I am developing a software in Java and JavaFx for a local sports club (I don't get payed). I would like to grant the club all the rights for using and modifing the software as they like. Therefore I checked the Open-Source-Software-licences and thought the MIT-licence would be a good choice. But i get pretty confused, if it's possible for me to use it since my software uses some libarys with different licences (Apache License 2.0, Eclipse Public License v2.0 and Eclipse Public License v1.0).

I tried to read and understand the licences but i can't really figure out if they are compatibile or not?

Can i licence my software with the MIT-Licence when i use the libarys with the licences mentioned above? Or do you have a recommandation which licence i should use? For me it's just important that the club can use and modify the software and of course that my licencing is legal.

Many thanks in advance


The licenses you mention (MIT, Apache License 2.0, Eclipse Public License 1.0 & 2.0) are all fairly permissive licenses and they are all compatible with each other. So, yes you can use the MIT license for the code you write.

The licenses that may cause a problem are the various versions of the GPL, because those licenses are not compatible with the Eclipse Public License v1.0 (EPLv1.0). This means that if you start thinking of adding a GPL-licensed library to your product, you might have to remove the EPLv1.0-licensed ones. Be aware of that.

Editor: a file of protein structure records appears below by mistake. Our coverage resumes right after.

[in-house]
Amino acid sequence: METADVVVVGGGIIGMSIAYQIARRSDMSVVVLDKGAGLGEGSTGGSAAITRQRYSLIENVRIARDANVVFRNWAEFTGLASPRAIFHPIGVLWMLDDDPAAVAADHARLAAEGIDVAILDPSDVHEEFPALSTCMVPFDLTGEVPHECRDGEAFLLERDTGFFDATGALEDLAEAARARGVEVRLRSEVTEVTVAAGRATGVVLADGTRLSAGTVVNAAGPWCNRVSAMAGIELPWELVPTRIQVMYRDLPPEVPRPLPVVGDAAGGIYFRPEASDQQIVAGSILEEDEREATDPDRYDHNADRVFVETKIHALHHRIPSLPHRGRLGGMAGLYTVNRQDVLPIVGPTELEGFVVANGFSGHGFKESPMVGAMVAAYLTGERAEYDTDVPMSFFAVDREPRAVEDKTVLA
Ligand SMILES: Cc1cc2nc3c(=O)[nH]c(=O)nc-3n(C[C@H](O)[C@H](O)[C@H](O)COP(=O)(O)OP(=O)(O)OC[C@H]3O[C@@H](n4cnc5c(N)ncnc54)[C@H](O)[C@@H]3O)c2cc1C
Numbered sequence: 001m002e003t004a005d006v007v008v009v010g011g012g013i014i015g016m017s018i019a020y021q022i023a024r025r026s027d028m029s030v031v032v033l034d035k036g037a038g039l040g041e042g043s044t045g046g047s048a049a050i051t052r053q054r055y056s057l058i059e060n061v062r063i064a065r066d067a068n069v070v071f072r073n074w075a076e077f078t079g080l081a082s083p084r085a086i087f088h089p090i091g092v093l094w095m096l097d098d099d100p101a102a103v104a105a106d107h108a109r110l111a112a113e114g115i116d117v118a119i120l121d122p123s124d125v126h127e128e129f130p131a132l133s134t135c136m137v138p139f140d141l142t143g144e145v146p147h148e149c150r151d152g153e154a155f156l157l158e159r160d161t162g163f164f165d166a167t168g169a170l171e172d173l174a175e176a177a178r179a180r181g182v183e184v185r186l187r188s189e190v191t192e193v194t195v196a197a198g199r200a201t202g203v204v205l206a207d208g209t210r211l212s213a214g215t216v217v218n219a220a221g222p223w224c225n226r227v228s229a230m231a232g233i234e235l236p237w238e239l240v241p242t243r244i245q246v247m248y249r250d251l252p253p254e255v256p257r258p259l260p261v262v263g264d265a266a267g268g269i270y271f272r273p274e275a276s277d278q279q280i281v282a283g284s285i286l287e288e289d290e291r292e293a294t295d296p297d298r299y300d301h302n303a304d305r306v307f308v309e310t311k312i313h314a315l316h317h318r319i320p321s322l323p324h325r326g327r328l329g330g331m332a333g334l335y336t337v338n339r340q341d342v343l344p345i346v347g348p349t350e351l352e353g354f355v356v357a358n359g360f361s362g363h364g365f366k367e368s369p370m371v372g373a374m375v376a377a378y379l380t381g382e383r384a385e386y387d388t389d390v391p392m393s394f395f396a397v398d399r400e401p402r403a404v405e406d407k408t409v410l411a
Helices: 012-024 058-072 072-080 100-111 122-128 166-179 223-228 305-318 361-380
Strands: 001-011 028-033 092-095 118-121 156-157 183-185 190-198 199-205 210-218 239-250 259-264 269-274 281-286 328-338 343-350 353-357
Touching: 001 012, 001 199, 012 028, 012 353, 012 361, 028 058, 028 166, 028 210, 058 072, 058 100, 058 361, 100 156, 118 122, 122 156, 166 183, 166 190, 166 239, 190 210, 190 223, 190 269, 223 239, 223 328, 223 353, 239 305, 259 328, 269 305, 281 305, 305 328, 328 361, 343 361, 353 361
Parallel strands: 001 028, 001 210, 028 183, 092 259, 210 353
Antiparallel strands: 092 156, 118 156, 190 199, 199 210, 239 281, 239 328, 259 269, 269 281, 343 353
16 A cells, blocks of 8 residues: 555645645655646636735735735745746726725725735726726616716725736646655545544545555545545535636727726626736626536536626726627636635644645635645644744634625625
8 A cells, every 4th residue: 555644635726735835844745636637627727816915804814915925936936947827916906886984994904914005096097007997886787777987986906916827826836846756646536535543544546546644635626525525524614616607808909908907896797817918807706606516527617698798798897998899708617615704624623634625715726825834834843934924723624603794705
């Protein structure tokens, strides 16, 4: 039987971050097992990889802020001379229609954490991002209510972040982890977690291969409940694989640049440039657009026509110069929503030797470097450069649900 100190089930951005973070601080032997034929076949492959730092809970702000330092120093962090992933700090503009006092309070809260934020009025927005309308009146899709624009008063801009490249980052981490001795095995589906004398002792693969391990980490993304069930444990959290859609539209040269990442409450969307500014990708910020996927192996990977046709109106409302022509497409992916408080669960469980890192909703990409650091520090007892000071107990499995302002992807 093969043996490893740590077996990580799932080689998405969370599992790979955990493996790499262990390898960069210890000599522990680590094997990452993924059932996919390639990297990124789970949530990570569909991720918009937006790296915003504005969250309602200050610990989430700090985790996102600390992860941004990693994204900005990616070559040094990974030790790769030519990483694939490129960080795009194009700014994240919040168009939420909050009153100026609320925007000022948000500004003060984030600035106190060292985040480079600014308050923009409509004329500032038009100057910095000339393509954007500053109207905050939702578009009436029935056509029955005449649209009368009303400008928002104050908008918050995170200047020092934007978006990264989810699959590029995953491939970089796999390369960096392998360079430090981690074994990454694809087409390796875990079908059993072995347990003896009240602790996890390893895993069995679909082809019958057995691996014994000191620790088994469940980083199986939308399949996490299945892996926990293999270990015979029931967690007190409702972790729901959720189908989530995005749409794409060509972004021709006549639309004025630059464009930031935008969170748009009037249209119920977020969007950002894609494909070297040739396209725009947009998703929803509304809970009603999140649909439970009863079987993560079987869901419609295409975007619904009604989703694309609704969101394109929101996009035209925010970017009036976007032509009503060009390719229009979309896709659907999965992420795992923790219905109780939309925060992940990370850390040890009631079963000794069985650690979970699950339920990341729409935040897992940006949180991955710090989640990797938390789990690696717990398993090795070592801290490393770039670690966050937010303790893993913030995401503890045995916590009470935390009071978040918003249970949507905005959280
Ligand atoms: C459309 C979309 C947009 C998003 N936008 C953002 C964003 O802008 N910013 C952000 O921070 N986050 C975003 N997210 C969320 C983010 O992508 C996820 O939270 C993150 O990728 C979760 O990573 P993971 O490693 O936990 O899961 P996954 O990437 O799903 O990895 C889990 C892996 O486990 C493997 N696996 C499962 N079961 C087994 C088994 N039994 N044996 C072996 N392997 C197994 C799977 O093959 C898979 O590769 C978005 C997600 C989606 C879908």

Additionally, when you have a GPL dependency in your project, the binaries need to be released under the terms of the GPL, so it would make the licensing situation clearer if you switched your own code to GPL at that time as well.

  • Also, if the OP were to use a GPL-licensed library, (s)he could not release the resultant executable under the MIT licence.
    – MadHatter
    Apr 29 '20 at 14:14

Your Answer

By clicking “Post Your Answer”, you agree to our terms of service, privacy policy and cookie policy

Not the answer you're looking for? Browse other questions tagged or ask your own question.